Javier Campos designs stunning, stripped-down spaces with modernist heart.

“Our work is really dumb,” insists Javier Campos. He is sitting in his small but sunlit studio in East Vancouver, surrounded by tiny, intricate architectural models, magazine covers featuring his work, and national design awards, so it’s a little difficult to really take him seriously on this one.

Another factor hurting his argument: his portfolio of projects looks anything but dumb. From off-the-grid residences in Baja California Sur, Mexico—where sleek white forms have been crafted into modernist desert shelters—to his asymmetrical urban laneway homes in the Pacific Northwest, Campos has honed his guiding principles (sustainability, context) to create stunning modernist spaces.

But the principal of Vancouver design firm Campos Studio—and this year’s Designer of the Year for Architectural Design—is not trying to be modest, necessarily. Rather, he’s emphasizing the ultimate pursuit: simplicity. “Light, wind, volume, form, all these things: the tool palette isn’t very complicated,” he says, stroking the floppy golden retriever who also works in his office. “Good architecture is simple and dumb…it’s just hard to do.”

His humility didn’t fool our judges. “Despite Campos’s self-proclaimed ‘passive approach,’ I find the work bold with a lot to say, both in its approach to site and in its development of form,” says DOTY judge and architect Michael Shugarman. “Yet I also find the work resolves itself elegantly in plan, section and material.”

This thoughtful consideration of space runs in the family, it seems. As a kid, Campos loved spending time at the home of his great uncle, a Chilean architect who cut a Corbusier-like figure. “I used to go over and sharpen his pencils and look at his stuff,” says Campos. “He would explain to me all about his house, how the sun came in in the winter and not the summer, how you can control the wind.” It was a pivotal time and a pivotal space, one that would eventually lead him to a career of his own in design—albeit with a few detours to study science and earn an art history degree along the way.

He started taking on work while he was still at UBC, and his early designs—like a critically acclaimed hair salon on Vancouver’s Robson Street—tended to buck convention. “Someone once said to me, ‘You didn’t know what you were doing, did you? If you did, you wouldn’t have tried any of this,’” says Campos. “Basically, if you don’t know anything, you can make anything up.”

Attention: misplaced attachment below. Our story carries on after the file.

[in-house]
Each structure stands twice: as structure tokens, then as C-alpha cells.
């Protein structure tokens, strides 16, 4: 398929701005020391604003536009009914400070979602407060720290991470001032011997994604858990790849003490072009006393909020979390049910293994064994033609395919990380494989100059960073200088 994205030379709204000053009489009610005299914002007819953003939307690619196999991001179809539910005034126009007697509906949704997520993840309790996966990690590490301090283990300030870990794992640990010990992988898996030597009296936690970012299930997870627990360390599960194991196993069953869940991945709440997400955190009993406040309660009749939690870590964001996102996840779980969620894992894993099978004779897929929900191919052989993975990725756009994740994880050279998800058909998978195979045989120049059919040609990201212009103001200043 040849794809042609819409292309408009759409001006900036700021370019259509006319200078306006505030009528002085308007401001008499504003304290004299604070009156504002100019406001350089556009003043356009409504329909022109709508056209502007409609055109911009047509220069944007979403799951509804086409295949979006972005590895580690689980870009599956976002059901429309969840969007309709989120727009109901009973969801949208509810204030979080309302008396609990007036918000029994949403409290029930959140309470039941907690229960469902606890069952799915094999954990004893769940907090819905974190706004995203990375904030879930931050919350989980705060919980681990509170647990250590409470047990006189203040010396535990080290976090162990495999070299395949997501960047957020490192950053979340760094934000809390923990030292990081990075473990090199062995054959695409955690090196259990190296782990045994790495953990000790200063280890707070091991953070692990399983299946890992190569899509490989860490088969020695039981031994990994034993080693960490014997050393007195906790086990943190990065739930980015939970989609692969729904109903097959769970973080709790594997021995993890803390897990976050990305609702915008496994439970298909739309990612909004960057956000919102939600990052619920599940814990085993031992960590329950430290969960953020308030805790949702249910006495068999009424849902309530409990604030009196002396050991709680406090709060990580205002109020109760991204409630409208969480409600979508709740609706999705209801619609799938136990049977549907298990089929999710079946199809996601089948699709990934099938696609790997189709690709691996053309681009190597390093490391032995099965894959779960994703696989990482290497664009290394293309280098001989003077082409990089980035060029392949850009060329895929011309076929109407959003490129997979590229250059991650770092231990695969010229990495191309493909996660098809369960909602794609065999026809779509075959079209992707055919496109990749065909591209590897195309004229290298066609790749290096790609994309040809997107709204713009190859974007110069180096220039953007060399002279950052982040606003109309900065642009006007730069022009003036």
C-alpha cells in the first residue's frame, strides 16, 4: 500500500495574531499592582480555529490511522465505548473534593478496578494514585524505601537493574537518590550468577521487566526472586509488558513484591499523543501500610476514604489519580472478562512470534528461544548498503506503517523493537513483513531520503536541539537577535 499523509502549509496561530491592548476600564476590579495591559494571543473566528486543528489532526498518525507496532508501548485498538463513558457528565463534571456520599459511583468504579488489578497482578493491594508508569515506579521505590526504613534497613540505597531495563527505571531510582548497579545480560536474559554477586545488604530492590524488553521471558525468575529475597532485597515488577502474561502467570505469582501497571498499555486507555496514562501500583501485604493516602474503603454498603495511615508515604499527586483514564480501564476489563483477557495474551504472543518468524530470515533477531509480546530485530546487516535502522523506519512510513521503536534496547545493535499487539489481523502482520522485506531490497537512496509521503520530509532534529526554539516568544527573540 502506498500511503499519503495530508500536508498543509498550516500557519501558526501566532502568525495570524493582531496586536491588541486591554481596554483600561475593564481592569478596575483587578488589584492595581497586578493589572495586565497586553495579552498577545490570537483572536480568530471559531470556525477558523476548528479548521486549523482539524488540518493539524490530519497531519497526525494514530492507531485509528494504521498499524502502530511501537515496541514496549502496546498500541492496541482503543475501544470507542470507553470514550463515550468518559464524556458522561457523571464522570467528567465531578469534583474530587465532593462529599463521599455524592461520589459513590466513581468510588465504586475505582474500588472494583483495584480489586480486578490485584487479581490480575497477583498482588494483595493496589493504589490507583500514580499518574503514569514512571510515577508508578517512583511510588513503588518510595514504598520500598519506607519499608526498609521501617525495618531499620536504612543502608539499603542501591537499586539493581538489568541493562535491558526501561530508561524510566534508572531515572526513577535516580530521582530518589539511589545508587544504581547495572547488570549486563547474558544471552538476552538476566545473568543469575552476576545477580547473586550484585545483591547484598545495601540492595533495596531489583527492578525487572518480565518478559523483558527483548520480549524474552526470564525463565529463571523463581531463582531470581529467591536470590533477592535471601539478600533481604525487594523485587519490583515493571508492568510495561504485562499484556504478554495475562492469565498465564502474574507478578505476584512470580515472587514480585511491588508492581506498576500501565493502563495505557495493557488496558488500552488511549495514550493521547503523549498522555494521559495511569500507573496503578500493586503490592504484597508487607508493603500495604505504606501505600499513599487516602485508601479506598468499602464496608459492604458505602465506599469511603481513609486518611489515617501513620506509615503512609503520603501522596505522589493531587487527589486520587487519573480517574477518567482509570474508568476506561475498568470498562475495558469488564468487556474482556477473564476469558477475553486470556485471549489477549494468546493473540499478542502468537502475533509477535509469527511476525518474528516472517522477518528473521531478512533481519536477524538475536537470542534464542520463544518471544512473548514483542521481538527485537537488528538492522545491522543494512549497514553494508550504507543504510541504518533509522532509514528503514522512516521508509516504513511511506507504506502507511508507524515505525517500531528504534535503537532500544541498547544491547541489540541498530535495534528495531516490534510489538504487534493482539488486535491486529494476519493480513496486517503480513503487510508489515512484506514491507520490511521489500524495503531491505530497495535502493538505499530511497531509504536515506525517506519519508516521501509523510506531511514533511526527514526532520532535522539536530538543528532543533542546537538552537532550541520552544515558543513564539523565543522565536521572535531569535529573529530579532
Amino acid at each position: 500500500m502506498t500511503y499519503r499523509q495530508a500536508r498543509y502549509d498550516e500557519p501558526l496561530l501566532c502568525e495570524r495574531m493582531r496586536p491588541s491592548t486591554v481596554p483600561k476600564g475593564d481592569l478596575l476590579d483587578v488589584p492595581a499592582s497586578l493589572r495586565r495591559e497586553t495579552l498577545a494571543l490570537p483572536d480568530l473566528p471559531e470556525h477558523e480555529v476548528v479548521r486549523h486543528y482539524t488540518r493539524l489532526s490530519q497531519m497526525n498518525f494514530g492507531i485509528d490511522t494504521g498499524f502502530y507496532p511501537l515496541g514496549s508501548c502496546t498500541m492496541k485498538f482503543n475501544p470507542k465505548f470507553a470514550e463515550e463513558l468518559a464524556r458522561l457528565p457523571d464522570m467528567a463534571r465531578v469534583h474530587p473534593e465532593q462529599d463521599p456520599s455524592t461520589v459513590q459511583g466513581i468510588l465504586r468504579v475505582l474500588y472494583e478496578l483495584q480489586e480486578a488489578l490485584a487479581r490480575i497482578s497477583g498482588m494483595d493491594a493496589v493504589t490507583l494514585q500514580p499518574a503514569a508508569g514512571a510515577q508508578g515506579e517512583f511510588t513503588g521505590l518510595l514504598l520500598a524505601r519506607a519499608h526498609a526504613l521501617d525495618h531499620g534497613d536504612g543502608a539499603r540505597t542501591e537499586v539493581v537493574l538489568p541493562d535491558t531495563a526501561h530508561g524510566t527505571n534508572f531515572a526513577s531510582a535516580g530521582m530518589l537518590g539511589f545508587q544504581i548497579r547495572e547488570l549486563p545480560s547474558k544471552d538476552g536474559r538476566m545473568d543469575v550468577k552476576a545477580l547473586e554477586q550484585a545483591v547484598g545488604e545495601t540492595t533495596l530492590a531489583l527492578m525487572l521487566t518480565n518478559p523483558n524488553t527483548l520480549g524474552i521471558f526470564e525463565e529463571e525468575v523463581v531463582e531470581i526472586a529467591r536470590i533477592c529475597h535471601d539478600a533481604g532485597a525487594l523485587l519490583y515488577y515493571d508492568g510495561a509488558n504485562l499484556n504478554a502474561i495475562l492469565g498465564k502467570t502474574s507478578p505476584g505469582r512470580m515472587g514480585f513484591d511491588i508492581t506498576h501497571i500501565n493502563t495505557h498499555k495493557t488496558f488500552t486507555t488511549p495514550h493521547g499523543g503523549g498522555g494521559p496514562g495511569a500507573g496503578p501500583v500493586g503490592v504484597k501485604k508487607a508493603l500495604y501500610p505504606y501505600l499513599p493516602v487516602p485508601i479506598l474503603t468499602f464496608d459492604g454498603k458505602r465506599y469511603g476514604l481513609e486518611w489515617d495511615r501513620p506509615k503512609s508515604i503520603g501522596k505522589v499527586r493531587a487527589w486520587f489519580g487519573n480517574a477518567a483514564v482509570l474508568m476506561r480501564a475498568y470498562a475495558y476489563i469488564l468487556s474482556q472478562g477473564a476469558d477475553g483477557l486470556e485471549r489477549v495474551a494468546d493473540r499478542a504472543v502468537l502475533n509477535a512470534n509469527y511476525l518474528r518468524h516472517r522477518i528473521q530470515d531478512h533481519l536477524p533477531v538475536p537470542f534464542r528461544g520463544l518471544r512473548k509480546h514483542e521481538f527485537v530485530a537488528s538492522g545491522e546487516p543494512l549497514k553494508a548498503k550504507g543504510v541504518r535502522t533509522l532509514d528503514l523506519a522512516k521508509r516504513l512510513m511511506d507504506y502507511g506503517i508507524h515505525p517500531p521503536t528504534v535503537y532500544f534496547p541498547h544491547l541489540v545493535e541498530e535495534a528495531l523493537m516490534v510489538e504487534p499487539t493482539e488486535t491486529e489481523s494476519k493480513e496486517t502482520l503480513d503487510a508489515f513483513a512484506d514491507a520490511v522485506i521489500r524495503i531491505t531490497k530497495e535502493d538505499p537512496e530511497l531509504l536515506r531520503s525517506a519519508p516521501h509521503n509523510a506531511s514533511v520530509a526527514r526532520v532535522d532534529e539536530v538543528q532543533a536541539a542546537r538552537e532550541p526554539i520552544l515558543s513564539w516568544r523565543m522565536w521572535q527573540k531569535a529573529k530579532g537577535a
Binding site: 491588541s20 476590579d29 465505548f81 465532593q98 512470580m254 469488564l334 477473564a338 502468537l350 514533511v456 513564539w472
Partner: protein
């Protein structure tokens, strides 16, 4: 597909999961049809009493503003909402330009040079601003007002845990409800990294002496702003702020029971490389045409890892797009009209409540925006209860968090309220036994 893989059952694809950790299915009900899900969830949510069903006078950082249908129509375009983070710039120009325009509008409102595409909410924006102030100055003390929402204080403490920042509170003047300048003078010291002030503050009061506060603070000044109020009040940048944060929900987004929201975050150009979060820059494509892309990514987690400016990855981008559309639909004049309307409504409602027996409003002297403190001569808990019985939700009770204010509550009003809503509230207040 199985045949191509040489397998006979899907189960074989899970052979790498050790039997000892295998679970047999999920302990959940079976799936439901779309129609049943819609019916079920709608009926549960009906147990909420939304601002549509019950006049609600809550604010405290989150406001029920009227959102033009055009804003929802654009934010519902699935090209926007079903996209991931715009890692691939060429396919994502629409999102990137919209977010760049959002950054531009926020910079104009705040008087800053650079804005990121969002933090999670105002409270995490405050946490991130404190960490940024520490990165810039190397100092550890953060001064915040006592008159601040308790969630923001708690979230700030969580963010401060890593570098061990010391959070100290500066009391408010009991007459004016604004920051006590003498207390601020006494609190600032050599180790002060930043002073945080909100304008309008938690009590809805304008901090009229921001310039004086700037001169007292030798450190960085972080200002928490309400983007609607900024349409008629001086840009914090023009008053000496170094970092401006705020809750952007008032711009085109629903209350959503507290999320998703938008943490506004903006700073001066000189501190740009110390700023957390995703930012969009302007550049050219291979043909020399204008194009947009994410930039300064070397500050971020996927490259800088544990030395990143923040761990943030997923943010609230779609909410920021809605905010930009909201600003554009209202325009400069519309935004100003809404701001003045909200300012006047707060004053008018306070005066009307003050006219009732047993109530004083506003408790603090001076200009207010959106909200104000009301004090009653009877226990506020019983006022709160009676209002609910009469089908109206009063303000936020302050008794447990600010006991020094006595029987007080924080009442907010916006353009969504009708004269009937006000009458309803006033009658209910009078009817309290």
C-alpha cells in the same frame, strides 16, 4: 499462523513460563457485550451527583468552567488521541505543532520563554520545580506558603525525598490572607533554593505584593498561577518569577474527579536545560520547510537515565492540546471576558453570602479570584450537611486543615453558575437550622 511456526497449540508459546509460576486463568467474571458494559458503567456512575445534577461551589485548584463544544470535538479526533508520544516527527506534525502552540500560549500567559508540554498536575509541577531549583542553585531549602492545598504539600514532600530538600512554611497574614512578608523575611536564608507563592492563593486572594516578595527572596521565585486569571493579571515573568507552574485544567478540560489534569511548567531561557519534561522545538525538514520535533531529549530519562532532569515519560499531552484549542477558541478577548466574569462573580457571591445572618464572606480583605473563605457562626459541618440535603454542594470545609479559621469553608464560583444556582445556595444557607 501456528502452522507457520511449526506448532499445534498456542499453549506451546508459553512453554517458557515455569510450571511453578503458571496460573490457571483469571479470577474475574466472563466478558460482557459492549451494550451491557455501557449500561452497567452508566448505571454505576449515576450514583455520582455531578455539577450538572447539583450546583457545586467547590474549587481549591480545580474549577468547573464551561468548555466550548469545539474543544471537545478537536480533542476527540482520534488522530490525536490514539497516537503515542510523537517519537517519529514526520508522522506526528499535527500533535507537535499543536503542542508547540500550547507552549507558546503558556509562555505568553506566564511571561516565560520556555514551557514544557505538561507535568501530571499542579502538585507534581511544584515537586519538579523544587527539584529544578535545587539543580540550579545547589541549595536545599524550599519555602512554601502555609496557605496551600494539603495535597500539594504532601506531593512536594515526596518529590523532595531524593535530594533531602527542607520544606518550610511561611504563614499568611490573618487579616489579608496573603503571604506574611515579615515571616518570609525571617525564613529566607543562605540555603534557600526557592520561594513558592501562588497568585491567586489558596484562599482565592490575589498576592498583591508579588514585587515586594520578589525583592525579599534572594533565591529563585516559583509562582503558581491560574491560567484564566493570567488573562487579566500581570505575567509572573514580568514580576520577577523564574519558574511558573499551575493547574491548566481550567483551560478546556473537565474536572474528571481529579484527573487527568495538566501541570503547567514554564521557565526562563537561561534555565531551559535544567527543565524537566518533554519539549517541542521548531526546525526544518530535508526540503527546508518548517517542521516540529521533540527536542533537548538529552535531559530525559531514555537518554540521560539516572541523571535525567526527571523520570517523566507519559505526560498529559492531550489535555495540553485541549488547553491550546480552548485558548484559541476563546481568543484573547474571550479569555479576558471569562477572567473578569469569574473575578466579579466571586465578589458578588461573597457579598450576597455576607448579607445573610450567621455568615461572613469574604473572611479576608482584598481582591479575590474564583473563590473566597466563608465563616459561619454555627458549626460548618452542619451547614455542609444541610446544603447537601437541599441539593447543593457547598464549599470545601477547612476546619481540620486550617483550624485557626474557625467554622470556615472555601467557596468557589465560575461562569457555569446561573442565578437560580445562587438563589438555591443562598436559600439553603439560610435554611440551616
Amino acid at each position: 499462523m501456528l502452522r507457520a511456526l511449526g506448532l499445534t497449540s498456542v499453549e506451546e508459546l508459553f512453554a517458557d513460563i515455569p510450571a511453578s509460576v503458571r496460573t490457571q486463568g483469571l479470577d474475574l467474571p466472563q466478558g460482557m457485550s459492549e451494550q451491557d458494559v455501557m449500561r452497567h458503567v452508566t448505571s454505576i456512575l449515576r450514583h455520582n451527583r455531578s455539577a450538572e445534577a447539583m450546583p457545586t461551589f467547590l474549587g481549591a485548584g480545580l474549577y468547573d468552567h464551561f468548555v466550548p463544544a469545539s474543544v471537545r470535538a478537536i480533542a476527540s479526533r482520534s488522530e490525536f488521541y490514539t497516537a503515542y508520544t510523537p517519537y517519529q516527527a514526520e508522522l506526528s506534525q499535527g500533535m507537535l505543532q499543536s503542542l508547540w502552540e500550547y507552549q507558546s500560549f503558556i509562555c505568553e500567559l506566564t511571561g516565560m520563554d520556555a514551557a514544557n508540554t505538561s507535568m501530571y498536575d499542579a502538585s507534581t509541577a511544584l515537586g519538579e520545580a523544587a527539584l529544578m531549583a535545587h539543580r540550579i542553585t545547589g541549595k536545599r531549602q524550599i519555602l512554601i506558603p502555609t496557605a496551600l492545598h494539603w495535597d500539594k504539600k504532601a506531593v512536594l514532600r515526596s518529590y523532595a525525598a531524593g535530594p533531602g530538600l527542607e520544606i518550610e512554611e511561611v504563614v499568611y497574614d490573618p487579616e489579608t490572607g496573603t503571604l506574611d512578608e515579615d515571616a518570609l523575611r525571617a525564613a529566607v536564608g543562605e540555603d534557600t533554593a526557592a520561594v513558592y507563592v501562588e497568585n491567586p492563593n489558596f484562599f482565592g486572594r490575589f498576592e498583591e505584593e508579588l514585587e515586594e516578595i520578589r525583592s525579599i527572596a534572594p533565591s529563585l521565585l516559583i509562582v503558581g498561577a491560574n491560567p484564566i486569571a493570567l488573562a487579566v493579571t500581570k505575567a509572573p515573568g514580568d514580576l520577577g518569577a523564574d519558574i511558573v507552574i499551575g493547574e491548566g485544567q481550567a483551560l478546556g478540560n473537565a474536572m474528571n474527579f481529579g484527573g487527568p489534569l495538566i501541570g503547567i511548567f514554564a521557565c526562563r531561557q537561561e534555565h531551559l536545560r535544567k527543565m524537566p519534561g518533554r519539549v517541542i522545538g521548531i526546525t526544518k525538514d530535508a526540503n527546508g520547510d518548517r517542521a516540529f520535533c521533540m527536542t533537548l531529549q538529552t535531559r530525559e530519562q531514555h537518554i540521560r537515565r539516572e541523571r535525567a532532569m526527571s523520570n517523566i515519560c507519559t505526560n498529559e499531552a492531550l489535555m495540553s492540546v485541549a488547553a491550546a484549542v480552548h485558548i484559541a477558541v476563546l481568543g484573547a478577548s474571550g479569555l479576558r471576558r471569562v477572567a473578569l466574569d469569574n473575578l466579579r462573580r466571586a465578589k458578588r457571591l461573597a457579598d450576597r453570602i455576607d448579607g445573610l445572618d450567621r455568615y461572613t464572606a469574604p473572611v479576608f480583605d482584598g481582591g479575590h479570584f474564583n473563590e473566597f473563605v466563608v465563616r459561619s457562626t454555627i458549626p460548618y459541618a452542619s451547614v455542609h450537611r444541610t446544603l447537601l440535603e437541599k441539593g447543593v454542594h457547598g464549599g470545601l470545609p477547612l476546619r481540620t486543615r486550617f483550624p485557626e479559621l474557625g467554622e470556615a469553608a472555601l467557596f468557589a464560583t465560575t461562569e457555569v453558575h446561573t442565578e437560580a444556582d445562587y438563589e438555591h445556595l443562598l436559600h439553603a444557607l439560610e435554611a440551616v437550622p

That just-wing-it attitude was appealing enough to attract a commission in 2000 to design a property in Mexico—Campos’s first free-standing residential project. So he spent six weeks living in Baja Sur California, experiencing the landscape and the environment firsthand before starting the design process.

It was his first foray into critical regionalism: modernism that bows to its surroundings. But it certainly wasn’t his last. Modernism, in Campos’s world, isn’t just straight lines and glass and something infinitely repeatable, but instead something clean and stripped down that’s also responsive to its surroundings. So a home in Mexico gets a wall perforated with holes to prevent the bedrooms from getting hot in the desert sun, while a Vancouver residence is stained charcoal grey to stand out in sharp contrast in Canada’s weak winter light. “That’s part of looking at how it fits into its context,” says Campos.

Another key component throughout his work is a commitment to passive sustainable design. “We want to get to a point where it becomes integral, essential and invisible,” says Campos. “The goal is to make it so you don’t have a distinction. You don’t notice that those elements are there.” Passive ventilation methods and shade canopies are regularly created through structure; solar panels, underground water tanks and grey-water recycling for irrigation are incorporated into many projects.

Though each piece from his portfolio (whether from his own design firm today or from his previous stints with Design Collective, Acton Ostry or Campos Leckie Studio) shares some modernist DNA, they’re all achieved from a ground-up design philosophy that starts with function. “We never work from an idea to development. We work inside out,” says Campos. “That means it’s ugly for a long time before it gets to look like something good.” He pauses, smiling. “Good and dumb.”

2017 Designers of the Year ▸▸▸